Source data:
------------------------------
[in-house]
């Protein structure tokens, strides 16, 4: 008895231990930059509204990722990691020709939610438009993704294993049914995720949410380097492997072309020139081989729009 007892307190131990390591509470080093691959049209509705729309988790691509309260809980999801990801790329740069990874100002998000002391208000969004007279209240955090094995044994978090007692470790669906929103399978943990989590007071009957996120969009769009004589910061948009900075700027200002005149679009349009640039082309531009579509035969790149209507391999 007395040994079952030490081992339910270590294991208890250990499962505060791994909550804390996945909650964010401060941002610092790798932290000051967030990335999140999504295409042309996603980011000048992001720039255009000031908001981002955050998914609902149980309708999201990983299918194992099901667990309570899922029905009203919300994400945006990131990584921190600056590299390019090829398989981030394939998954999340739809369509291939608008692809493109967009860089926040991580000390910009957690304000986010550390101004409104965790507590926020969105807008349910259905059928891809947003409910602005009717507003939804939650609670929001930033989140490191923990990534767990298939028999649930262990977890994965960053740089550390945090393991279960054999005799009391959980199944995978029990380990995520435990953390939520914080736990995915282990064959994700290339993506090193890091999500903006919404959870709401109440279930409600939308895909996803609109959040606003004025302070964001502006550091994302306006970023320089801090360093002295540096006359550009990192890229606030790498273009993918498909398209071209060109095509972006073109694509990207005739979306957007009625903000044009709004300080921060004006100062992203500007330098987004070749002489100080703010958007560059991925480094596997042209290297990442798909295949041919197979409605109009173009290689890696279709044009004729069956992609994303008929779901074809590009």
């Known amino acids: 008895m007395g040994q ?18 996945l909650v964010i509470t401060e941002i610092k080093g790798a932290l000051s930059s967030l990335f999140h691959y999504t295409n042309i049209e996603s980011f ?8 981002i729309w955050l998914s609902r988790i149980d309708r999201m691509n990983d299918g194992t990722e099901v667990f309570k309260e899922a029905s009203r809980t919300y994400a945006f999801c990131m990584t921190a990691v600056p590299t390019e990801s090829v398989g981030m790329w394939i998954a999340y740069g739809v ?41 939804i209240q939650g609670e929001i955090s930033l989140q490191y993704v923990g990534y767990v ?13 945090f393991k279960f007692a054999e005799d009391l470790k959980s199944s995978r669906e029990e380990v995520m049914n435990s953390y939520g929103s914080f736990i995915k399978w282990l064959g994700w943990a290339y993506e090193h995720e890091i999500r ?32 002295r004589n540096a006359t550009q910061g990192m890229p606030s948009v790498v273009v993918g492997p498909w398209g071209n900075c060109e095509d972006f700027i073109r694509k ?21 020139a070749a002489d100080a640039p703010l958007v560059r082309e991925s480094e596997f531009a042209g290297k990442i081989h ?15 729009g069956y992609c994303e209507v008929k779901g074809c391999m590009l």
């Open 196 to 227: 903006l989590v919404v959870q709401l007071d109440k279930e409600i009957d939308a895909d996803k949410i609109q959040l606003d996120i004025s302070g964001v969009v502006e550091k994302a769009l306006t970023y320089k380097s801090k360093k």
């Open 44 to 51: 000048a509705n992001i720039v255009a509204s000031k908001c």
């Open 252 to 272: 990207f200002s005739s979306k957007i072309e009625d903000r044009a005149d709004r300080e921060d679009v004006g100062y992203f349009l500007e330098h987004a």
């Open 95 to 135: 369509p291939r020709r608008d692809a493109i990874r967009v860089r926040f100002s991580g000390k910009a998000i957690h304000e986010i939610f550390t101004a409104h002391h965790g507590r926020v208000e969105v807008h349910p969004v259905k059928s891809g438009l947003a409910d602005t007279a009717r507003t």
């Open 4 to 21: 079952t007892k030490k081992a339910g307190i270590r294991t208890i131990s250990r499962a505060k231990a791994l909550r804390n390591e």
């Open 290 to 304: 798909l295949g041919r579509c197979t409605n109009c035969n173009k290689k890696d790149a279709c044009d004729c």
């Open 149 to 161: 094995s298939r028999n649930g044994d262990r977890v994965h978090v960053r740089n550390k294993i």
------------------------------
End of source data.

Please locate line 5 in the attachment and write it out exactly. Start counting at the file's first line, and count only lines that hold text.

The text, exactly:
């Open 44 to 51: 000048a509705n992001i720039v255009a509204s000031k908001c």